Number four: Abalone!
    I'm really excited for this one. It is a native California delicacy with a fishery that collapsed a few decades ago. For the last decade the fishery has been closed and the population levels remain low. However, there are 2 abalone farms we are really excited about, including a local one that is on the commercial wharf in Monterey. Art and the team behind it are passionate not just about the abalone but their impact on the bay. They purchase initial stock from a nursery at Moss landing that also support restoration efforts so buying from them is directly supporting conservation. The team also purchases kelp from local collectors who operate within strict take limits. All in all a very cool operation. We're bringing abalone into the mix just to showcase the unique species and the conservation potential, and because they are so expensive these will be appetizers and small ones at that. I'll have a cast iron on the grill to sear them once they have been pounded out and given a small seasoning of salt and pepper. We really want the unique flavor to shine through on these so no additional seasoning will be used. Again, they are very very tasty.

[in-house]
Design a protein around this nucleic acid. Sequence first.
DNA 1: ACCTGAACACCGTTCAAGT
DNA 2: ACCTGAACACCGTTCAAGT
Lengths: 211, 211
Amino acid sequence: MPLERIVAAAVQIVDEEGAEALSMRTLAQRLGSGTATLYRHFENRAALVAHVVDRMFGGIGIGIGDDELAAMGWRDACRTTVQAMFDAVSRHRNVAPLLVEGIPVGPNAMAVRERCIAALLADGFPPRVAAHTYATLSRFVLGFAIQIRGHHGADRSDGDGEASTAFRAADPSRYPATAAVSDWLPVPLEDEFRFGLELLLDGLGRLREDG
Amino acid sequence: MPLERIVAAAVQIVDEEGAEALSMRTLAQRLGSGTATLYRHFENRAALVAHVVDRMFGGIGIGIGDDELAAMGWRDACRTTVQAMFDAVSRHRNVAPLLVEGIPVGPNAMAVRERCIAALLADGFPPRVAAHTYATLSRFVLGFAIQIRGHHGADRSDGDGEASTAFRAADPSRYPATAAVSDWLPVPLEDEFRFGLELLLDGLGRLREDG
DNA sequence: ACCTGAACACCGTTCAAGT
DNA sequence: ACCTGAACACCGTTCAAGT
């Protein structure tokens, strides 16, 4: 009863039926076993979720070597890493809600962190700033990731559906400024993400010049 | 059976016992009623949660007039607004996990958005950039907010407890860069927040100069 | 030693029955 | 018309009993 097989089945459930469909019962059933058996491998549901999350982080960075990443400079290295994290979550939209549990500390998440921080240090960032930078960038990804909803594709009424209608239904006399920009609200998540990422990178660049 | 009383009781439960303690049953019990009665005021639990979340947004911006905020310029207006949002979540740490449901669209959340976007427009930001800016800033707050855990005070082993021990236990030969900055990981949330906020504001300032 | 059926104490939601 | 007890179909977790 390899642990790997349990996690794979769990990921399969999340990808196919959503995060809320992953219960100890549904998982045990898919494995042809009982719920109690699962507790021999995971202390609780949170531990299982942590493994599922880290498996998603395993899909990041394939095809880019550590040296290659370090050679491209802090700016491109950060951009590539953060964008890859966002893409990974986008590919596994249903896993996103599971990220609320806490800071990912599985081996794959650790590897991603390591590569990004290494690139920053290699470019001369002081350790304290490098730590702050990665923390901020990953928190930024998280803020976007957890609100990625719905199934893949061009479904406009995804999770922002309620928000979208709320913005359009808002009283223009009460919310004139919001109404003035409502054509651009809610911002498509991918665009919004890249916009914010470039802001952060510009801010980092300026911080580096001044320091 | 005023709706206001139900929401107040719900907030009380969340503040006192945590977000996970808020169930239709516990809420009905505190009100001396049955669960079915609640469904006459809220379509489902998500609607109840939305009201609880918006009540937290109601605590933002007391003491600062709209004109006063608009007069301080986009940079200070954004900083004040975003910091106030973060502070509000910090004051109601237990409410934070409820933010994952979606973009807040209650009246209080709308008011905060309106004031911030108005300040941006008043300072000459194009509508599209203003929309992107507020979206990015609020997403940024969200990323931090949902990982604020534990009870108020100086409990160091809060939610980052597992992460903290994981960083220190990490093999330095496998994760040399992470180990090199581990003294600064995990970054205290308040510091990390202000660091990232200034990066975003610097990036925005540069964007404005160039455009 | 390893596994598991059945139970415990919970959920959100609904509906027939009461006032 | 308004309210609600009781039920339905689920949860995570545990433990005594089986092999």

To fill more people up: shellfish chowder!
    This will be a cioppino that my mother serves every Christmas. Usually it is winter when this is made which allows for forged shellfish. Unfortunately as we'll be holding the BBQ at the height of summer, the paralytic shellfish poisoning quarantine will be upon us and I'll be relying on locally farmed clams and mussels. Not much else to say here, low trophic and delicious. I only wish we were later in the summer months to use some amazing heirloom tomatoes that come into season in August and September.